View from the Top (2003) ** 1/2
Directed by Bruno Barreto. Written by Eric Wald. Photography, Affonso Beato. Editing, Ray Hubley. Production design, Dan Davis. Producers, Brad Grey, Matthew Baer, Bobby Cohen. Cast: Gwyneth Paltrow , Christina Applegate, Mark Ruffalo, Kelly Preston , Candice Bergen, Joshua Malina, Mike Myers. A Miramax release. 87 minutes. PG-13.
"View from the Top" was finished over a year ago but after the 9/11 tragedy, prudence and sensibility to matters aerial caused it to be shelved. It was finally released in 2003 with cuts that brought its length to a modest 87 minutes.
Its reception has been overwhelmingly negative, with only a minuscule percentage of reviewers rating it as good or even fair. I am joining the latter. The film, warts and all, while forgetable, is watchable, entertaining and un-boring.
Donna (Gwyneth Paltrow) is a small-town girl in Nevada. She lives in a trailer with her mother--a former exotic show-girl,--and that lady's current mate, a drunkard. Look fast and you'll catch a glimpse of Mom's flesh. You don't have to look fast in the rest of the film to see, at leisure, plenty more flesh belonging to Donna and her colleagues Christine (Christina Applegate) and Sherry (Kelly Preston). But I am getting ahead of myself.
Donna, who sells travel stuff in the town's mall, is impressed by a best-seller written by motivational speakers Sally Weston (Candice Bergen), a former stewardess (that's what we used to call them) who rose to heights and power in the posh Royalty Airlines and married its CEO. (Remember, this is only a movie.) So, under such influences Donna opts for a grander life. Though totally unqualified she becomes (remember again, it is a fantasy) a Flight Attendant for shabby Sierra Airlines (too messy and alcoholic to be allowed to fly, but never mind) and its puddle-jumpers ( I've seen worse.) Donna and her female colleagues make up a trio of pals, often seen in skin-tight uniforms and skimpy bikinis.
Then, with the help of Ms. Bergen (don't ask) the trio achieve the unattainable. They become candidates for Royalty Airlines. In charge of the training is Mike Myers, a colorful fellow who is wall-eyed or strabistic or has a glass eye (choose one) and cannot achieve his dearest wish of becoming a steward, is (do not ask. Please!) the person who trains the would-be attendants.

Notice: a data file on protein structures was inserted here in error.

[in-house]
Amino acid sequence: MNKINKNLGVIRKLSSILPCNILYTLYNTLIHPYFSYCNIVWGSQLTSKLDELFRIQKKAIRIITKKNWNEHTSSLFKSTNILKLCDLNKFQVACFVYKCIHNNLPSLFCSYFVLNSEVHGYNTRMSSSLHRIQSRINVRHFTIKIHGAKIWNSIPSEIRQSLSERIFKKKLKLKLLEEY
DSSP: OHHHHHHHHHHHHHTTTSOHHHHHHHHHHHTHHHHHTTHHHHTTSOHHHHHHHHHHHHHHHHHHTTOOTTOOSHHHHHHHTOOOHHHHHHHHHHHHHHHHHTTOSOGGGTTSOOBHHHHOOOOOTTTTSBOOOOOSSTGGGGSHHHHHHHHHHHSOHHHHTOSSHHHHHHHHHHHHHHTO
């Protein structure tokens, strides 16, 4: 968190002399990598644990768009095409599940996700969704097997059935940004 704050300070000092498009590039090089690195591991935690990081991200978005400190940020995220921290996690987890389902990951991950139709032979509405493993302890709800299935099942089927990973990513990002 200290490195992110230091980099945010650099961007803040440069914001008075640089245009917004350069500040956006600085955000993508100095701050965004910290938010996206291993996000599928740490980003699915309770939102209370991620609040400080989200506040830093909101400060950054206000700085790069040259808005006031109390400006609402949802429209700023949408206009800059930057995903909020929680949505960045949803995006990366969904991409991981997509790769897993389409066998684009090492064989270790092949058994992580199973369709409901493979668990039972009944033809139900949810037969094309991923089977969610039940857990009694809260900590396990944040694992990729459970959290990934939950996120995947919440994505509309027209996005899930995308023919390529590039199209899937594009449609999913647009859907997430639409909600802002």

Cut to a final, written exam of candidates. Donna, though it is blindingly obvious that she's The Ace Student, does not make it to the coveted International flights, but does get retained for Royalty Express, i.e. un-prestigious local flights, based in Cleveland -which city ought to sue for defamation. A consolation is that she gets re-united with her current boyfriend, off and on law student Mark Ruffalo.
Eventually comes a twist: a cheating against her leads to a second exam which Donna passes triumphantly, and upgrades her to International, first-class (as opposed to steerage, a.k.a "economy" class) status on flights that go to Paris (France, that is, not Texas or Illinois.)
Is this a dumb movie? Yes. Improbable? Ditto. Wrongly edited? Sometimes, as in shots of Gwyneth's unconventional nose running (the photos, not the nose) from sunburned to no-burn. Or Christina Applegate's random and too flimsy characterizations, while Kelly Preston's are practically nonexistent. But the flick is relaxing, undemanding and funny. Among its plusses: some jokes by and about gay male stewards done with naturalness and no condescension; some burdens of female attendants nicely sketched out. Better yet, Mike Myers, whom I cannot stand and have always found forced and unfunny, is both comical and touching here.